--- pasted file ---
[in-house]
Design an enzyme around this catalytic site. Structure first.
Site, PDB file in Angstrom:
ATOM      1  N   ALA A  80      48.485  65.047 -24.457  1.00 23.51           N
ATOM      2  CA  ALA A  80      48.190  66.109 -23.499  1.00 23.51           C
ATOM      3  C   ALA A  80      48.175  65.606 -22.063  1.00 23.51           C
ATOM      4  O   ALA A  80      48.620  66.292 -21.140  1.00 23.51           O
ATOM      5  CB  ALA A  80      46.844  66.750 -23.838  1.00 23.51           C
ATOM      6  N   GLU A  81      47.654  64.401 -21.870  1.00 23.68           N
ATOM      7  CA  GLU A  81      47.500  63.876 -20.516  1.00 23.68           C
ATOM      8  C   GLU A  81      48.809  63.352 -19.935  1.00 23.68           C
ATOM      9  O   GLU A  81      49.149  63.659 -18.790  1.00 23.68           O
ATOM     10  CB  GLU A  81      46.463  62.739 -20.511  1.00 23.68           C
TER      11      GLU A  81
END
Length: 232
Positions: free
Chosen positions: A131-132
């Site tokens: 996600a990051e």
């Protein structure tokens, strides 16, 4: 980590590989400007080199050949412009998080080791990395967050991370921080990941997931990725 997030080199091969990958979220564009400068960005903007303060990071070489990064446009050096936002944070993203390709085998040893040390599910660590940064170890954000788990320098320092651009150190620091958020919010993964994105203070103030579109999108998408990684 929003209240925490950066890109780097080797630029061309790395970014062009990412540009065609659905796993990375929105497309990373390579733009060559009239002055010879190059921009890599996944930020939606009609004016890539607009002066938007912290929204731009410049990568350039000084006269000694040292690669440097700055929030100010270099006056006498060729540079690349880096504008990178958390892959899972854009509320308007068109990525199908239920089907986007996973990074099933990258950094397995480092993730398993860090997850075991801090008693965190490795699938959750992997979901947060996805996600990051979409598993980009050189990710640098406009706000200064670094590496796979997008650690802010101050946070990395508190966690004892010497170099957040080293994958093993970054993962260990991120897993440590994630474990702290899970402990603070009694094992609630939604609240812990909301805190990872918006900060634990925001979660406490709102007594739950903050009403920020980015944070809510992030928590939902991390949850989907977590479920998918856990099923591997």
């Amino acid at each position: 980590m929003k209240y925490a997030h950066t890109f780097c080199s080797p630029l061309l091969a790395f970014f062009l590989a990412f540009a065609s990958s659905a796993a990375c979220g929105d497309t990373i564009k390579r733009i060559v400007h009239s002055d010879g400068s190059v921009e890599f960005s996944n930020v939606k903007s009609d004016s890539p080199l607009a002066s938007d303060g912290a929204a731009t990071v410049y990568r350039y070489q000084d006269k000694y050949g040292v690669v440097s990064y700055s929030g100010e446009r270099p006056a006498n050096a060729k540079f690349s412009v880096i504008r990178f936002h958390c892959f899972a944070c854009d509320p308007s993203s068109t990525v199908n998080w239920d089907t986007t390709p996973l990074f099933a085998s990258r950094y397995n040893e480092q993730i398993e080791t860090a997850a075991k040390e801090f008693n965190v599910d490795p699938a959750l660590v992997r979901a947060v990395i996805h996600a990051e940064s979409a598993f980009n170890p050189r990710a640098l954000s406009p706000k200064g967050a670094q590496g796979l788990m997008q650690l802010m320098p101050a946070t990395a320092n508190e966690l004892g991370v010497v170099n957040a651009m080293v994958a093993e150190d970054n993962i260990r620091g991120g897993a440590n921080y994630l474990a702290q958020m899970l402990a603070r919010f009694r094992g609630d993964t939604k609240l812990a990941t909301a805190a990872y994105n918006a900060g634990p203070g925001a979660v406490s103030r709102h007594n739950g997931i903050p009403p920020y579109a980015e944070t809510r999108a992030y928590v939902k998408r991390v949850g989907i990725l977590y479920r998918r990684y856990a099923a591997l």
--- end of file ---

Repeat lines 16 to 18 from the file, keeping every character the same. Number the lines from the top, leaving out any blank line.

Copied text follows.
Length: 232
Positions: free
Chosen positions: A131-132